Huge increase in waiting times for Jigsaw requires urgent action - Mark Ward TD
Sinn Féin spokesperson on Mental Health Mark Ward TD has said the increase in waiting times for the Jigsaw youth mental health service is "extremely worrying".
Teachta Ward has called on the Minister to urgently engage with the service to provide a solution.
Waiting times for an appointment with Jigsaw are currently up to 18 weeks, with some areas seeing a 700% increase in the length of waiting times.
Teachta Ward said:
“Figures released to me by the HSE through a Parliamentary Question have shown there are significant wait times for first appointments with Jigsaw, the mental health service which provides vital supports to young people.
“Demand for the Jigsaw service in my area of Dublin South West and across the State continues to grow. As a result, youths are waiting up to 19 weeks to get an appointment, with young people from Dublin South West currently waiting 16 weeks.
“There are 2,016 children waiting on a first appointment nationally. 272 of these children are from my own area.
“There has been an 88% increase in the length of waiting times in Dublin South West. In 2021, it was a 9 week waiting time for a first appointment, but that has increased to 17 weeks.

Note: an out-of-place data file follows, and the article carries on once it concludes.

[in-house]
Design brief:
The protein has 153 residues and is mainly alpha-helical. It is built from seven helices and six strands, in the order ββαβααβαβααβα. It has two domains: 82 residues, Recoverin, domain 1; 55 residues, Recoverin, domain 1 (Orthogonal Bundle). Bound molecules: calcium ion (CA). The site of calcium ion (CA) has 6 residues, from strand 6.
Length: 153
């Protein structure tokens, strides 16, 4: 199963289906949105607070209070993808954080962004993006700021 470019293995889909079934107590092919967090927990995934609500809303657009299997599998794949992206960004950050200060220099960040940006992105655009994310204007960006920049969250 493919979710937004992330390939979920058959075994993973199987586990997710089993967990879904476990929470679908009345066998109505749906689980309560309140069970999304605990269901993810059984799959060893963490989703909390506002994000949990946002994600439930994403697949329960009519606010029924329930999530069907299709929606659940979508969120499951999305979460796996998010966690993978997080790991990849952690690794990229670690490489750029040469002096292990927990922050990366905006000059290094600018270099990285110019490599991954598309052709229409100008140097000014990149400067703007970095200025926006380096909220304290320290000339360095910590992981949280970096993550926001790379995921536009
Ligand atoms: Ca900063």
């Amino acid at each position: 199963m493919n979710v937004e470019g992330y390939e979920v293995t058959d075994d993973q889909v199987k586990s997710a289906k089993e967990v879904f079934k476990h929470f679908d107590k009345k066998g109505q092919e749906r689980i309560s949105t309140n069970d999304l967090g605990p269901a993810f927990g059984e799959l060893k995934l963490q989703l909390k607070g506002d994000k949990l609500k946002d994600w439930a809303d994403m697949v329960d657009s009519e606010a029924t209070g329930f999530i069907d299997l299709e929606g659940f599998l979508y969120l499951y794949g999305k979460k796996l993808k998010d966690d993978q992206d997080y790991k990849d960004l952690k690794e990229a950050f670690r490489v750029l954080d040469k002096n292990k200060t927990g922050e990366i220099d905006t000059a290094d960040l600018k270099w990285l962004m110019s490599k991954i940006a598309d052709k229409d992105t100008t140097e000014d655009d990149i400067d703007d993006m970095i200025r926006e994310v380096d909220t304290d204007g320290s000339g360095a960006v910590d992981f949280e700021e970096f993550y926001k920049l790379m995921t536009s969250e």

“Every expert in child and adolescent mental health will tell you that early intervention is absolutely vital in avoiding enduring and worsening problems in the future.
“Yet, these figures reveal that if a child or young person seeks out care, they are in all likelihood going to be faced with extended waiting periods. These wait times are simply unacceptable and put those in need of help and their mental health at a very serious risk.
“Jigsaw has experienced a 25% increase in the demand for their services and this cry for help from our young people cannot fall on deaf ears.
“This increase in waiting time is most notable in Galway. In 2019 Galway had a 2 week waiting time for a first appointment.
"It currently stands at 16 weeks, which is a staggering 700% increase in the length of time vulnerable children are left waiting on a vital service.
“Uniformed mental health treatment is needed so our young people can access the care they need, when they need it, and where they need it.
"We need to move away from the postcode lottery for mental health treatment.
“I have called on the Minister to urgently engage with the service to provide a solution.”